TOKYO, Jan. 26 (Xinhua) -- Tokyo stocks closed lower Tuesday as investors secured gains following the benchmark Nikkei stock index's 30-year closing high the previous day, with concerns over the enactment of a massive U.S. stimulus plan and COVID-19 vaccination delays adding to a risk-off mood.
The 225-issue Nikkei Stock Average lost 276.11 points, or 0.96 percent, from Monday to close the day at 28,546.18.
The broader Topix index of all First Section issues on the Tokyo Stock Exchange, meanwhile, dropped 14.00 points, or 0.75 percent, to finish at 1,848.00.
Tokyo stocks traded lower from the get-go after inheriting a weak lead from Wall Street overnight with the Dow Jones Industrial Average losing ground overnight, local brokers said.
They added that investors took to profit-taking after the Nikkei's 30-year closing high amid a barrage of negative cues and jitters about domestic earnings season.
Sentiment was hit by concerns the 1.9-trillion-U.S.-dollar economic stimulus plan may be trimmed during deliberations in Congress as the world's largest and hardest hit economy by the pandemic continues to await vital fiscal support and COVID-19-related relief.
The market mood was also darkened by COVID-19 vaccination problems, with U.S. pharmaceutical firm Merck & Co. announcing it had stopped developing two vaccine candidates due to subpar results in trials, while deliveries of vaccines to European countries by British-Swedish firm AstraZeneca Plc. will be less than first thought owing to production issues.
Domestically, concerns have mounted at the government's slow rollout of COVID-19 vaccinations, despite that Japan is one of the first countries to secure doses from Pfizer, AstraZeneca Plc. and Moderna.
The government has said that frontline healthcare workers will be among the first to be inoculated, possibly beginning in late February.
"There are renewed concerns that the coronavirus will be with us longer than anticipated, which explains the decline in cyclical stocks and gains in defensive shares," Norihiro Fujito, chief investment strategist at Mitsubishi UFJ Morgan Stanley Securities, was quoted as saying.
By the close of play, marine transportation, rubber product, and nonferrous metal-linked issues comprised those that declined the most.
Steelmakers and marine transportation issues dropped on a murky outlook for the global economic recovery amid vaccination setbacks, with JFE Holdings slumping 5.5 percent, while Kobe Steel dropped 2.9 percent.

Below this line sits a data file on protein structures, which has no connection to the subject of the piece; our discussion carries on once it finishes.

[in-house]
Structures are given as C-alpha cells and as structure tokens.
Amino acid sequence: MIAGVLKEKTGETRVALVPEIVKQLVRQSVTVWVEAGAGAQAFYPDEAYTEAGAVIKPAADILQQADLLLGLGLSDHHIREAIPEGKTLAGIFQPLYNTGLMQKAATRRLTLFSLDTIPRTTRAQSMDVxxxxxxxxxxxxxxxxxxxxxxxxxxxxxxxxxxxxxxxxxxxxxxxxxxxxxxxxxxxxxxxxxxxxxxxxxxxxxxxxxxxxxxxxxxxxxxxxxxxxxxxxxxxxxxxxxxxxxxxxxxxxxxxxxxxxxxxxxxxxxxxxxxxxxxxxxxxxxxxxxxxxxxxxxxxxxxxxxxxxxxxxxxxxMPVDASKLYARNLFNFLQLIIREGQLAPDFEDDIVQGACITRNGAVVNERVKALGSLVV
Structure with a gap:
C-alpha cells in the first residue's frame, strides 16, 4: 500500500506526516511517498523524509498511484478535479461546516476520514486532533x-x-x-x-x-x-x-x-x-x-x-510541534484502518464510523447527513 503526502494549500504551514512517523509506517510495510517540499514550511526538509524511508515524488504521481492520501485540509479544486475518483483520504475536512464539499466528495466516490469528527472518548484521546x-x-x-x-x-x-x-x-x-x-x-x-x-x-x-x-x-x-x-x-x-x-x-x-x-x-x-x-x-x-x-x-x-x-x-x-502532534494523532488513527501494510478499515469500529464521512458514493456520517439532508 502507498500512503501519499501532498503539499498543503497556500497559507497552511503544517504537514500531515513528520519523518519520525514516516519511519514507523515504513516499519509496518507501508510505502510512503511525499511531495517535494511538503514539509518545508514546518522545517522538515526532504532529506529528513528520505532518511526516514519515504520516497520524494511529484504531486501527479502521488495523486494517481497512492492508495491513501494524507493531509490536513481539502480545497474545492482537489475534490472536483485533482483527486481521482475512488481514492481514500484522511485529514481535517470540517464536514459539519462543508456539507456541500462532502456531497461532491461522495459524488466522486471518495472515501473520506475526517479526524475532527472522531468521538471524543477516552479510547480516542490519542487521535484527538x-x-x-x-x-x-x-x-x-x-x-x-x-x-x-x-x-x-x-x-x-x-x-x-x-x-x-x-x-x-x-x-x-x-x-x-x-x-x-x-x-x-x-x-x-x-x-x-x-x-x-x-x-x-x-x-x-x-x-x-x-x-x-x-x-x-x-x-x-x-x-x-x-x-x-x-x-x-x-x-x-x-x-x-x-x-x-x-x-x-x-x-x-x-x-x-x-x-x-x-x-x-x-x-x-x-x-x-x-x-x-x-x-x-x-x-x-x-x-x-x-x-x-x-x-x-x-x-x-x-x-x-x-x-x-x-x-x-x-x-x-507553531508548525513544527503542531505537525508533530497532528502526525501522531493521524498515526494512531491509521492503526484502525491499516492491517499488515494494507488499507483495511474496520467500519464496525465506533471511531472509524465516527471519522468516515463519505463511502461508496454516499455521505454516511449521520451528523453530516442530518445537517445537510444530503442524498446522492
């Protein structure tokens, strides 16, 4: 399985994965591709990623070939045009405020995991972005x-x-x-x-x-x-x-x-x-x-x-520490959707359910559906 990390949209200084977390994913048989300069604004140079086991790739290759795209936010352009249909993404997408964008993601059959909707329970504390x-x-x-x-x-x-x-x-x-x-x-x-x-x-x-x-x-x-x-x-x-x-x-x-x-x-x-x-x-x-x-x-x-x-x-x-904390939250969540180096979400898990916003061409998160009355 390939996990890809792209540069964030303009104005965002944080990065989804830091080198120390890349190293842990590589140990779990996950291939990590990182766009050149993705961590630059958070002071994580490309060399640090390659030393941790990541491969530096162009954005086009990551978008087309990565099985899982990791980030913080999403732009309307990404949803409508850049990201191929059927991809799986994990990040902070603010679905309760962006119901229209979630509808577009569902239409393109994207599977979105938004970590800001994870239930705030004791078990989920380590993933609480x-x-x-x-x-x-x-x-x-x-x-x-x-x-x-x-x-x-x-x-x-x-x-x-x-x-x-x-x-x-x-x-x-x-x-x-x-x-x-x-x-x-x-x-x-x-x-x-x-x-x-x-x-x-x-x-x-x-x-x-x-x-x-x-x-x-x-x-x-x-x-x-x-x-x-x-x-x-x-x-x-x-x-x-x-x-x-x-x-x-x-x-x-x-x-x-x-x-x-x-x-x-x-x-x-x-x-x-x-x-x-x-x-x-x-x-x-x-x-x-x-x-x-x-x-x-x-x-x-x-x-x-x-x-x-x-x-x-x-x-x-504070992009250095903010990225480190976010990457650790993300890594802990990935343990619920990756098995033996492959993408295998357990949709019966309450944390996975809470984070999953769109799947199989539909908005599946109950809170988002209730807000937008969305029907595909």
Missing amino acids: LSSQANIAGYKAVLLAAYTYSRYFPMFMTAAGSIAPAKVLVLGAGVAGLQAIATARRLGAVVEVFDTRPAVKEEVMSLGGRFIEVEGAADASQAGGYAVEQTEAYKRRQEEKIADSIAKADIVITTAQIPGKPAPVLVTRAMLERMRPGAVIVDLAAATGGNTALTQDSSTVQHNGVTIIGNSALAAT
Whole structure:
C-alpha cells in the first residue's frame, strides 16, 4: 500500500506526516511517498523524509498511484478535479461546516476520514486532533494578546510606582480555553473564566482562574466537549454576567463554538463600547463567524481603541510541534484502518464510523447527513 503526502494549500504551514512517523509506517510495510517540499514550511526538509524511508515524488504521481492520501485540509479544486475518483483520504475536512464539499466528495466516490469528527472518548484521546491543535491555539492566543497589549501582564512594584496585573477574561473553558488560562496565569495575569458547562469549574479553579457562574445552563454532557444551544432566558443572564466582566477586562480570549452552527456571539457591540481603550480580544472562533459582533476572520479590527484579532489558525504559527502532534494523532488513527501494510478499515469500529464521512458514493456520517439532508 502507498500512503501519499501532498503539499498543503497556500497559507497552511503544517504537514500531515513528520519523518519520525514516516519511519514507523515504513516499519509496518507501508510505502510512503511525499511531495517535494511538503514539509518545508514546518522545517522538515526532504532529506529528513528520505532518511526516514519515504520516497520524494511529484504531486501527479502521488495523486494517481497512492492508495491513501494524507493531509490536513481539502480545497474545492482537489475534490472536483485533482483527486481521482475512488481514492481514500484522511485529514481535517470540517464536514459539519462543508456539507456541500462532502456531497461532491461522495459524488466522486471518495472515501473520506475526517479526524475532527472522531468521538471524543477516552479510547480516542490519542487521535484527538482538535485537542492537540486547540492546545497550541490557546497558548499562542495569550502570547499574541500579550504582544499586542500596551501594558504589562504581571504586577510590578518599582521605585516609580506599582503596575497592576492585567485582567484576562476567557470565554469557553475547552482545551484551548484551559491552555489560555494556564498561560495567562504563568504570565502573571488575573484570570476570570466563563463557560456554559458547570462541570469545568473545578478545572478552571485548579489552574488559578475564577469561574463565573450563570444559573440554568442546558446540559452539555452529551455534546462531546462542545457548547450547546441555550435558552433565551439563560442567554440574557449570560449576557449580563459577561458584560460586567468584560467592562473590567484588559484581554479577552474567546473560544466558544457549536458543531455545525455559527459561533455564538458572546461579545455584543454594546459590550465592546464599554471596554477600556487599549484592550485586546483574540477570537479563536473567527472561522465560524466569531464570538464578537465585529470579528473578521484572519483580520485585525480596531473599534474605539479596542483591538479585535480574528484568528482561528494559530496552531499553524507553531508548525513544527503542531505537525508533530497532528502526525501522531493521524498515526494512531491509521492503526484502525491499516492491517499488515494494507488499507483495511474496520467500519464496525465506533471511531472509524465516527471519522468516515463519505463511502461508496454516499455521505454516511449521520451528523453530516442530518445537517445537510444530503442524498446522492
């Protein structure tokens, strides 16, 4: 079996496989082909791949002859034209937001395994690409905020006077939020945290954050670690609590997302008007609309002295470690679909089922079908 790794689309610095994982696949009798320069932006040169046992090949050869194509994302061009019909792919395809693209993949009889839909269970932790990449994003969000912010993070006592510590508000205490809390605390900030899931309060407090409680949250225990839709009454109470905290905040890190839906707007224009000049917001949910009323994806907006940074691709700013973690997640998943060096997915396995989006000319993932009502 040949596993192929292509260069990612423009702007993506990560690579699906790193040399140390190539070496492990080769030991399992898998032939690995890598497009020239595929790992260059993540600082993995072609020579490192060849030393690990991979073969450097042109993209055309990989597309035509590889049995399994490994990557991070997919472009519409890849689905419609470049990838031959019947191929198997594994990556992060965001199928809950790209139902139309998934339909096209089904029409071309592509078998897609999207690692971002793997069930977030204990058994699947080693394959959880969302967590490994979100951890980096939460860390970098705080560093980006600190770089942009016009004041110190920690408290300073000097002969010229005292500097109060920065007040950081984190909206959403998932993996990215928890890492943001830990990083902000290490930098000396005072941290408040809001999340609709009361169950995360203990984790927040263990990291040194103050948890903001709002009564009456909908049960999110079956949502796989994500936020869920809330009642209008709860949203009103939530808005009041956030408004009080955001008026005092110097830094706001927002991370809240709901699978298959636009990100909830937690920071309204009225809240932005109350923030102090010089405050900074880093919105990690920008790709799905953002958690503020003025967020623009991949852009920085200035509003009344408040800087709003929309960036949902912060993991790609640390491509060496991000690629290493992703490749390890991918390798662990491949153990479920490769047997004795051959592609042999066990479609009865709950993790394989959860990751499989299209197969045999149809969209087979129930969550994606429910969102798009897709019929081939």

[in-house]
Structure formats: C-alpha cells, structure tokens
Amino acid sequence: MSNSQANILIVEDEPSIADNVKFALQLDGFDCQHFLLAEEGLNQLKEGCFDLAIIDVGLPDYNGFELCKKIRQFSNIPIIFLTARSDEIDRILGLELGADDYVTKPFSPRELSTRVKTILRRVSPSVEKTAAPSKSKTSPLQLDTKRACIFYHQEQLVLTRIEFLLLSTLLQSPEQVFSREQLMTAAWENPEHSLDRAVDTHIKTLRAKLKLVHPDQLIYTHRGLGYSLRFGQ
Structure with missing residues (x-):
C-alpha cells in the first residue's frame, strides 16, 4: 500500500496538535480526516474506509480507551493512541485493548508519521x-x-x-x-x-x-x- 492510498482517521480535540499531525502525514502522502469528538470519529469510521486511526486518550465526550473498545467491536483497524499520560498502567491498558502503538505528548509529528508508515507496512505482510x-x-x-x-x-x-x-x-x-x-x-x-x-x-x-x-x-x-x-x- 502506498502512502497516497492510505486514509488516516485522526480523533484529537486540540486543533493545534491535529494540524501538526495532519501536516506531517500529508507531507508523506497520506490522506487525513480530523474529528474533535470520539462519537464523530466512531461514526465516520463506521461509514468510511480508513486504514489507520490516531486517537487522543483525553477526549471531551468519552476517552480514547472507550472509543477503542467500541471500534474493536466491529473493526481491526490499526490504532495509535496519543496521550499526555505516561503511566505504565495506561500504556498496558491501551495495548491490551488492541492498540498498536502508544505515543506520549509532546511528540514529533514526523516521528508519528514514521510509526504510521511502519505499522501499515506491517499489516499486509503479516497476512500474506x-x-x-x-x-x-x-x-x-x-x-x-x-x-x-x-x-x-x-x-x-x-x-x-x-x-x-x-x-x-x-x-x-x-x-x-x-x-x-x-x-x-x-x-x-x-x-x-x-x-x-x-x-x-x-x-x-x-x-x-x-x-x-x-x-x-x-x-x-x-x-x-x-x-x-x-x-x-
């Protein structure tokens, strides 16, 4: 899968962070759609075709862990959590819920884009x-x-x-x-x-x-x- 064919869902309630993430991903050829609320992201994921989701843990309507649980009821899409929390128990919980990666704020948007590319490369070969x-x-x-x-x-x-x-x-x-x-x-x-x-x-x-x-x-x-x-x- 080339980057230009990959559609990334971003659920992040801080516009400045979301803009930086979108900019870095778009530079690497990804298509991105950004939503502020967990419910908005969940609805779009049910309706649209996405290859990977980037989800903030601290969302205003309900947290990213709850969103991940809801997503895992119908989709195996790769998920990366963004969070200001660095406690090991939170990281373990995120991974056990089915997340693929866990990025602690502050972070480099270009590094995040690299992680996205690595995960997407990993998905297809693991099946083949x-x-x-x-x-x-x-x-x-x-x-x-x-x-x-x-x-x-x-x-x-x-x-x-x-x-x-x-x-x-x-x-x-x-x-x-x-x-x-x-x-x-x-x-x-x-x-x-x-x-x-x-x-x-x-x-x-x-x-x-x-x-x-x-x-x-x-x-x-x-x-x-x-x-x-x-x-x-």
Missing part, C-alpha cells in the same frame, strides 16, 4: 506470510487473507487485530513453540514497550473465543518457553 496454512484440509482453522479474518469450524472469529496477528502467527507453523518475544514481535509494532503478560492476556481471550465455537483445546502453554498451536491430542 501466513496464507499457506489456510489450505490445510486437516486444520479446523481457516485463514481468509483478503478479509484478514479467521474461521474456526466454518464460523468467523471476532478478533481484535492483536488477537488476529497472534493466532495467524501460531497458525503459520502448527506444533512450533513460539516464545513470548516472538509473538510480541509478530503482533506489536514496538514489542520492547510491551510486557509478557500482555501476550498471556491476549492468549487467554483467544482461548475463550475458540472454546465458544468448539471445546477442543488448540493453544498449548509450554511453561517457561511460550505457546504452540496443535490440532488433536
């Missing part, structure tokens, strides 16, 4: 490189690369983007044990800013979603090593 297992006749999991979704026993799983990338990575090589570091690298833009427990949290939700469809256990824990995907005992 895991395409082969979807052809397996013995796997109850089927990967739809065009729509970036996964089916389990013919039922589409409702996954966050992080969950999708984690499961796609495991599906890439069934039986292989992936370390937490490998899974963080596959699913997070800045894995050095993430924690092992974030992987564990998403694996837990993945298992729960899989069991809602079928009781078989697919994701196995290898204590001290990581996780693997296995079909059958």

Among shipping firms, Kawasaki Kisen sank 6.0 percent, while Nippon Yusen ended the day 4.5 percent lower.
Despite vaccination concerns, Takeda Pharmaceutical Co. Ltd. was one of the day's notable winners, adding 1.8 percent.
Japan's biggest drugmaker announced last week it had begun clinical trials here of U.S. biotech Moderna Inc.'s coronavirus vaccine candidate. The Moderna vaccine is aimed to be rolled out in the first half of this year.
The government has also said recently it had secured an additional supply of Pfizer Inc.'s coronavirus vaccine, saying it will be made available for 12 million people.
Japan has already secured enough doses to vaccinate 72 million people, more than half of its population within this year. It agreed last year to buy 120 million doses for 60 million people from the U.S. pharmaceutical giant.
The government here has also made agreements with AstraZeneca Plc. for doses to cover 60 million people, as well as inking a contract with Moderna Inc. for enough doses to inoculate 25 million people.
On the main section on Tuesday, 1,070.61 million shares changed hands, rising from Monday's volume of 1,016.45 million shares.
Issues that declined outpaced those that advanced by 1,276 to 830 on the First Section, while 84 ended the day unchanged.
The turnover on the second trading day of the week came to 2,313.05 billion yen (22.28 billion U.S. dollars). Enditem